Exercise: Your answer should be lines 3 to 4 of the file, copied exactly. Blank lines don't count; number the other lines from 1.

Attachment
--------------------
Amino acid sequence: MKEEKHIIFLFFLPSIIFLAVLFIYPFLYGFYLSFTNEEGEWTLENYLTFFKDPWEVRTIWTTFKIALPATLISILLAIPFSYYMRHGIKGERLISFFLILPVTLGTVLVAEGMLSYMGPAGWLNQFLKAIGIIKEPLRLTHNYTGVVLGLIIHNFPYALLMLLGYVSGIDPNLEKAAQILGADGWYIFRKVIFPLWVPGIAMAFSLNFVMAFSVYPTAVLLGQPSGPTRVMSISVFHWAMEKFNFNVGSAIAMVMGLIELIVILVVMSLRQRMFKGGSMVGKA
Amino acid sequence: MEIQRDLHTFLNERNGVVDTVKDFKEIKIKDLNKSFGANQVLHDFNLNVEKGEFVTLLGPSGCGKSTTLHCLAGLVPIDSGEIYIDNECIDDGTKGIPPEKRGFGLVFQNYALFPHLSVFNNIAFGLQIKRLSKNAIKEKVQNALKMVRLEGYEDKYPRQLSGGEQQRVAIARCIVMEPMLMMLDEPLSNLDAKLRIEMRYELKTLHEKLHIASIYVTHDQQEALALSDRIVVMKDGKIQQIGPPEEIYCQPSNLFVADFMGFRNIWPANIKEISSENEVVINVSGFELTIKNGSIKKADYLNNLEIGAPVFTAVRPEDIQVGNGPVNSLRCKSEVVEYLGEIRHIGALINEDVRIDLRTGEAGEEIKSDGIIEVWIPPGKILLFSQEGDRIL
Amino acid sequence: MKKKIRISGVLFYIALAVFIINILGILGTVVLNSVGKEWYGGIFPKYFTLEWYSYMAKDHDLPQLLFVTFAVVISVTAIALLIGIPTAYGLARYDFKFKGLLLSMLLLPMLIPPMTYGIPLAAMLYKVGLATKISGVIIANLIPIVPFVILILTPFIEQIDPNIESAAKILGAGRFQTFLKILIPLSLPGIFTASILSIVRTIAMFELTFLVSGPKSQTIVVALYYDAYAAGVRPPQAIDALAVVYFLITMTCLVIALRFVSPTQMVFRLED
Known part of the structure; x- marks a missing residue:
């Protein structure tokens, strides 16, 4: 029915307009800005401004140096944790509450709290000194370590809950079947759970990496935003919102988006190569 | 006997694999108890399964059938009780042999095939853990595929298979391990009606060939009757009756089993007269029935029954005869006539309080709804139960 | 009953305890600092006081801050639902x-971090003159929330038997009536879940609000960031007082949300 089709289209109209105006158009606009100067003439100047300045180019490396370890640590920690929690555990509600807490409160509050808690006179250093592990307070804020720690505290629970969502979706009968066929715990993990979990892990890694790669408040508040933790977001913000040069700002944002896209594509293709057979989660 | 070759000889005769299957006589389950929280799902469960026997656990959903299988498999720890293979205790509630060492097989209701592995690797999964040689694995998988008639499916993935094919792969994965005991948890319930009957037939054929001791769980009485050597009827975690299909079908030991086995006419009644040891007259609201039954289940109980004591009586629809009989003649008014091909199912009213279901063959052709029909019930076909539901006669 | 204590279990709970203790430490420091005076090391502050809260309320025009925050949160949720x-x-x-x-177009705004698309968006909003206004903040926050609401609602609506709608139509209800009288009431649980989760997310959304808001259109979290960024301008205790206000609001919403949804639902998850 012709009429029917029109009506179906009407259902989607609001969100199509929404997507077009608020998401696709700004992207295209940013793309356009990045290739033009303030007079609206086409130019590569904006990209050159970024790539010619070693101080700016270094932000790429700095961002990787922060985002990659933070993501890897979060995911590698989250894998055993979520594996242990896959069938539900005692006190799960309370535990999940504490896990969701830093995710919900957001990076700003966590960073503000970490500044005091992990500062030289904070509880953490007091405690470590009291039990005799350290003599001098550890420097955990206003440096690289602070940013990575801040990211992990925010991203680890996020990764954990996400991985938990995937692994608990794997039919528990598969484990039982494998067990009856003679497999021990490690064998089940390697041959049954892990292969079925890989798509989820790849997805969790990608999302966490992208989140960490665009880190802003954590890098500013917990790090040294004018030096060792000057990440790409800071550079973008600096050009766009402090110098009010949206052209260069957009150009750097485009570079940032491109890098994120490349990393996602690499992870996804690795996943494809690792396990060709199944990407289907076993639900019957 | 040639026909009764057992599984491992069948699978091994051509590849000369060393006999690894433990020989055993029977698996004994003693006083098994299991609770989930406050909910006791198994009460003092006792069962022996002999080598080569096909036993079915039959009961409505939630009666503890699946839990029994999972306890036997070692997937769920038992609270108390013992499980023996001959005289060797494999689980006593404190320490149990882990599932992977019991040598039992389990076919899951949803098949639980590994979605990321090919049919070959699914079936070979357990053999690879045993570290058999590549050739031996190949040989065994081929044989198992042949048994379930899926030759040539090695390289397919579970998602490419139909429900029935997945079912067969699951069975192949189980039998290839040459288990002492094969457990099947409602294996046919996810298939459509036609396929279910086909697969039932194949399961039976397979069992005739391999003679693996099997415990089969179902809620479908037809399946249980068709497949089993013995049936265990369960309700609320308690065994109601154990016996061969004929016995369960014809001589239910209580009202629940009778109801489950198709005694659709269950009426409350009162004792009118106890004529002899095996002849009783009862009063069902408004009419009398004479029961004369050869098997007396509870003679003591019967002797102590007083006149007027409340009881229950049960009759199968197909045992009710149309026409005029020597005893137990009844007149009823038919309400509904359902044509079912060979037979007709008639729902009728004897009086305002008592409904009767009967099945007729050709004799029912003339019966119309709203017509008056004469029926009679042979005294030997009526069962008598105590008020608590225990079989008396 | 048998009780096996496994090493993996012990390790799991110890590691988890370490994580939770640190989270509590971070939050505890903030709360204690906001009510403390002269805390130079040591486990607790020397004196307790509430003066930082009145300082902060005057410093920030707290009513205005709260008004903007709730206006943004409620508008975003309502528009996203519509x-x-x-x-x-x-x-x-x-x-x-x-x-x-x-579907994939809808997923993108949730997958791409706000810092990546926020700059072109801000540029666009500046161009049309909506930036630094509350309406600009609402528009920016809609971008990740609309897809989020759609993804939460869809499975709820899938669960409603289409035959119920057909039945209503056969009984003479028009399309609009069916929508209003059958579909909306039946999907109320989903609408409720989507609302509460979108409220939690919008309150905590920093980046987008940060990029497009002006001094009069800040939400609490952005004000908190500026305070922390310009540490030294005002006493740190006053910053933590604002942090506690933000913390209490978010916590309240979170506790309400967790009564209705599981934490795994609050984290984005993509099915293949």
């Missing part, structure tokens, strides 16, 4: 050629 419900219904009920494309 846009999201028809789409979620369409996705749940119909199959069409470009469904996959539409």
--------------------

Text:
Amino acid sequence: MKKKIRISGVLFYIALAVFIINILGILGTVVLNSVGKEWYGGIFPKYFTLEWYSYMAKDHDLPQLLFVTFAVVISVTAIALLIGIPTAYGLARYDFKFKGLLLSMLLLPMLIPPMTYGIPLAAMLYKVGLATKISGVIIANLIPIVPFVILILTPFIEQIDPNIESAAKILGAGRFQTFLKILIPLSLPGIFTASILSIVRTIAMFELTFLVSGPKSQTIVVALYYDAYAAGVRPPQAIDALAVVYFLITMTCLVIALRFVSPTQMVFRLED
Known part of the structure; x- marks a missing residue: